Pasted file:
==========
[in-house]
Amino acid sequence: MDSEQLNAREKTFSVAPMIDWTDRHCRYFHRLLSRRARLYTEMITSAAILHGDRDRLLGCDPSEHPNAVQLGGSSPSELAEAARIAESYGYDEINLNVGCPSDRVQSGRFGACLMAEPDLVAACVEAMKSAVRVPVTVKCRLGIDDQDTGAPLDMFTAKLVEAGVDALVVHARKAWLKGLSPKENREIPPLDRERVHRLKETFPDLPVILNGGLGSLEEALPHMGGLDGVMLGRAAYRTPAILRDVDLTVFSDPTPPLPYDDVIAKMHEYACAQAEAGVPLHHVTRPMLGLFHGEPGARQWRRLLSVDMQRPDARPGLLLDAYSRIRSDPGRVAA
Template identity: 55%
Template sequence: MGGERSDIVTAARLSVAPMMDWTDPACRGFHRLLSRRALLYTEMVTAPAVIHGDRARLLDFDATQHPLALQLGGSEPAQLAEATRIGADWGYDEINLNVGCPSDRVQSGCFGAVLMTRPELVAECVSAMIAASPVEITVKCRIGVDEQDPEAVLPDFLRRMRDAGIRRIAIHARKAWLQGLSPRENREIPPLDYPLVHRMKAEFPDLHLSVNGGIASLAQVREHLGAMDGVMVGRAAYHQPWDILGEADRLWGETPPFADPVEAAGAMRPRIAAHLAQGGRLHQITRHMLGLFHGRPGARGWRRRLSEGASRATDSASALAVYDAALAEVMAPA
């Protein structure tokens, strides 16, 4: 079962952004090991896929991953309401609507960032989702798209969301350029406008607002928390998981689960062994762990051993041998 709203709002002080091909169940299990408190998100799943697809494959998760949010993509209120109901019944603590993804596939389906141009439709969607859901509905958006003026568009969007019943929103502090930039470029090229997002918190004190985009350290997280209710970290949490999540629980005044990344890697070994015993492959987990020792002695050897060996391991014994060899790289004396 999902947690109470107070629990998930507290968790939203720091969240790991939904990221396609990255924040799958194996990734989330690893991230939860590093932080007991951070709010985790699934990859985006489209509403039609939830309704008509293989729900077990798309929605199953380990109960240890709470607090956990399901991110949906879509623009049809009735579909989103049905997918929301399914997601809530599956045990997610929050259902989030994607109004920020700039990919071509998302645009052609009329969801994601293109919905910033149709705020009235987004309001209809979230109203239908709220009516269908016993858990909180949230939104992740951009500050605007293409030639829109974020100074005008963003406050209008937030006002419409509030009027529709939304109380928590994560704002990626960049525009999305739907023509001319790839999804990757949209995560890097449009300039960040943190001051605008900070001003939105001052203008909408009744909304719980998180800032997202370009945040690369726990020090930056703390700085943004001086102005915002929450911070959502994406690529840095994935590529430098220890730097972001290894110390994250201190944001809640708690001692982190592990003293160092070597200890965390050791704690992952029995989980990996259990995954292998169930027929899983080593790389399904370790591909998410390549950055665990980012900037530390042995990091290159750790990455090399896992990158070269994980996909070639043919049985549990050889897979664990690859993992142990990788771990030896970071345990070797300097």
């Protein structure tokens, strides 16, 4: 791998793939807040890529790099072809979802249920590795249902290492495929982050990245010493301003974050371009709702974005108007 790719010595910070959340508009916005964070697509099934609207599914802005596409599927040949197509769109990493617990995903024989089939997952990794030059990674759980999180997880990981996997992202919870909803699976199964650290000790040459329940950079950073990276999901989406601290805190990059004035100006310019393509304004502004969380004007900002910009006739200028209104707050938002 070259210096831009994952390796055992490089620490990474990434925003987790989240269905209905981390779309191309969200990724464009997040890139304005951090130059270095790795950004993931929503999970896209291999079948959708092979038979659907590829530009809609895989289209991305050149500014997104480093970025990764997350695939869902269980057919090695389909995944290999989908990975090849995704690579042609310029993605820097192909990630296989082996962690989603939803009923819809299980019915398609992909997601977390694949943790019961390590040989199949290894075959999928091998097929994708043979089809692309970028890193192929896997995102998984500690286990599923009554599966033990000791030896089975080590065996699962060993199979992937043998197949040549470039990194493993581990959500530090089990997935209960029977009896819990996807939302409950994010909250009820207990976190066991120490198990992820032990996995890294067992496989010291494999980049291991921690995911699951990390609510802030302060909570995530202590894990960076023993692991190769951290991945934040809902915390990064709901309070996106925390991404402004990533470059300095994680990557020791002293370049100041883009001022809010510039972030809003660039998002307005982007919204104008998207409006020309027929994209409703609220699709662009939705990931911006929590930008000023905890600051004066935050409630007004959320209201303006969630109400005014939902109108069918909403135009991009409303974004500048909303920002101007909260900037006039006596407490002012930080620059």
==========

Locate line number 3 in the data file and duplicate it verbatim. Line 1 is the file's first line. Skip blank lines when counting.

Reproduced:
Template identity: 55%